‘No earthly fireworks display can compete’: Hubble beams back unreal footage of supernova explosion 70mn light years away
NASA’s Hubble Space Telescope has captured the spectacular death of a star 70 million light-years away in incredible detail, which will help measure the elusive expansion rate of the universe.
Hubble began observing the star, designated SN 2018gv, in February 2018, after an incredibly bright explosion was spotted in the area in January. In fact, the explosion was so bright it actually released as much as energy in a matter of days as our star does in a few billion years.
“No earthly fireworks display can compete with this supernova, captured in its fading glory by the Hubble Space Telescope,” said Nobel laureate Adam Riess, of the Space Telescope Science Institute (STScI) and Johns Hopkins University in Baltimore.
Hubble took snapshots of the spectacular scene, which have been painstakingly turned into a video.
The time-lapse film, which spans almost a full year, showcases a Type Ia supernova in the spiral galaxy NGC 2525.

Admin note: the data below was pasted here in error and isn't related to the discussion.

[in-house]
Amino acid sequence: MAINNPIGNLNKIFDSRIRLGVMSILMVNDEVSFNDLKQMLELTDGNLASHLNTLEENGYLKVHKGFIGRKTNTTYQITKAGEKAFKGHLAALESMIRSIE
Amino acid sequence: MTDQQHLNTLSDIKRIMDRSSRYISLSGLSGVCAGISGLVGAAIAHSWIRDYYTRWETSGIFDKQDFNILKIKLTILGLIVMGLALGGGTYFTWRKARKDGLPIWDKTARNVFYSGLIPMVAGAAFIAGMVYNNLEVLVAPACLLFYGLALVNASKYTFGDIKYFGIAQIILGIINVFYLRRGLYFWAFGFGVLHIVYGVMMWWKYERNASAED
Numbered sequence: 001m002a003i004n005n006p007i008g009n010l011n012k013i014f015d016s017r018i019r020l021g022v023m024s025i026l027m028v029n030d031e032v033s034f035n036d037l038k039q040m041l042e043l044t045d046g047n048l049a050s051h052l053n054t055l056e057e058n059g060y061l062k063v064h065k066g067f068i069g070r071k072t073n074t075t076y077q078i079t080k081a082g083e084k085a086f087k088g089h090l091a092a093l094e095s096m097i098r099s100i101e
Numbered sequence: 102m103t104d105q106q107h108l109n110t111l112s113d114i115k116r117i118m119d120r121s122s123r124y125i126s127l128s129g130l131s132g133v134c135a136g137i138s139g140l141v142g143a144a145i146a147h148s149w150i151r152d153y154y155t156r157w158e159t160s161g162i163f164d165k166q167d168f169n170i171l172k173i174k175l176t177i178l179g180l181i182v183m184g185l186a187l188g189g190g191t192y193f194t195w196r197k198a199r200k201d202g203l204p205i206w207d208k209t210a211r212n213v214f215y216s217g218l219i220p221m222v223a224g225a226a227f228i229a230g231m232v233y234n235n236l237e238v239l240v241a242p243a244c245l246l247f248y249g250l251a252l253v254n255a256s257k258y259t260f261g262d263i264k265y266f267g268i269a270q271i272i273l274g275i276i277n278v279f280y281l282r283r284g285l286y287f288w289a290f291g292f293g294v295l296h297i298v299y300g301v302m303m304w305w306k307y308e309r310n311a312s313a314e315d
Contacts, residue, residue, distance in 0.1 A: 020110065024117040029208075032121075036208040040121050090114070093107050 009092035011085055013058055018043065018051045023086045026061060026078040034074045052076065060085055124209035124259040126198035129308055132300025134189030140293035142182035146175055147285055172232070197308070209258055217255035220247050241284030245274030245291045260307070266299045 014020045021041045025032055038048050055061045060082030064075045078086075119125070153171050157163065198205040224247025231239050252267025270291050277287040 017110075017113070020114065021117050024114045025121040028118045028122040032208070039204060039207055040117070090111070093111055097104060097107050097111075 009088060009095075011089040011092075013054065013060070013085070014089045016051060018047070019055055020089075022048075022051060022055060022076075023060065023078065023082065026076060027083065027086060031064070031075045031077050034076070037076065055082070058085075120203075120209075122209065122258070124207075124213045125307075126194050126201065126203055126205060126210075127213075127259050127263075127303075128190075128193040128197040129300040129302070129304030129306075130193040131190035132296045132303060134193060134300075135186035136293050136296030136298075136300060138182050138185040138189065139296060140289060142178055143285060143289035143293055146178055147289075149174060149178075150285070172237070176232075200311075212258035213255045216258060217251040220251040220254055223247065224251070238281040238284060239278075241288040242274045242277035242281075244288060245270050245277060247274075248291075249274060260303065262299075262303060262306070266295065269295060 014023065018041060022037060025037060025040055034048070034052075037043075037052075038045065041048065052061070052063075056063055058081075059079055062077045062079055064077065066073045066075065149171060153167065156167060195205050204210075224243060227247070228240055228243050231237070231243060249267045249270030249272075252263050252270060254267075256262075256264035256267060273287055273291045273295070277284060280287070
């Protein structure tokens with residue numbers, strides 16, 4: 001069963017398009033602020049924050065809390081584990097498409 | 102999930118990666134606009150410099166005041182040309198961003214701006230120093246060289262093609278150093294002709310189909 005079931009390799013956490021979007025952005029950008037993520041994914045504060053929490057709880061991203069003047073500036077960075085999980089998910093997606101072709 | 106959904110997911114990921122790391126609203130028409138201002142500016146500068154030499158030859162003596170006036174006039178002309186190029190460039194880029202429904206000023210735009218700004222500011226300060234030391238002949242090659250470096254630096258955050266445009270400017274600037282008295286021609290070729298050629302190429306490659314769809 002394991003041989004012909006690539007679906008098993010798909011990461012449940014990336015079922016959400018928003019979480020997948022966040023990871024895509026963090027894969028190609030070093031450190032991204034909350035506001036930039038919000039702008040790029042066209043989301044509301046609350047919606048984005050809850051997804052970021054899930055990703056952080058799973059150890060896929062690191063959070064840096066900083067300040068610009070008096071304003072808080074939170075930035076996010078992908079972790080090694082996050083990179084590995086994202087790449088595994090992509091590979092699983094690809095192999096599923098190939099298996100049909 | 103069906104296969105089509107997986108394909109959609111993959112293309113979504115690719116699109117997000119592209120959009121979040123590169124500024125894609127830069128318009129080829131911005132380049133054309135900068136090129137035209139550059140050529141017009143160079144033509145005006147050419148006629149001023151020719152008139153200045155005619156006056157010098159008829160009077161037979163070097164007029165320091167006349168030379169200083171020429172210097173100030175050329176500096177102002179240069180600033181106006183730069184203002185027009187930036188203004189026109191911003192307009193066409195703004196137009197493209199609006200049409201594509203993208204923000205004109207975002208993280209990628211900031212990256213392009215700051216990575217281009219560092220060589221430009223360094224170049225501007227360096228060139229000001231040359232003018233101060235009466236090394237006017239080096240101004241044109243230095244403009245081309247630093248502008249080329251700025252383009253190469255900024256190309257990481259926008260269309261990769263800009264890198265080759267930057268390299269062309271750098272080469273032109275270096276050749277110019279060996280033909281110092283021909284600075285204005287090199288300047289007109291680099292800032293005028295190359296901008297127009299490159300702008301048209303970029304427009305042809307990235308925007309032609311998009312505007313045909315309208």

The explosion was caused by a white dwarf star which reached critical mass by ripping away material from its binary star partner, becoming hot enough to initiate nuclear fusion and essentially transforming itself into an immensely powerful atomic bomb.
The critical mass of these stars is clearly defined within a certain range, meaning these types of supernovae have a pre-determined brightness which can be incredibly useful to cosmologists.
For this reason, these supernovae are known as ‘standard candles’, as they are used to calculate distances in the darkness of space, as observers measure how the brightness fades over time.
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By measuring how far away these celestial bodies are we can determine certain properties of the space around them, such as its rough chemical composition and the brightness of the surrounding galaxy.
When it comes online, the James Webb Space Telescope will be able to see even further than Hubble and hopefully catch more spectacular celestial fireworks. The next-generation probe is set for launch in October 2021.
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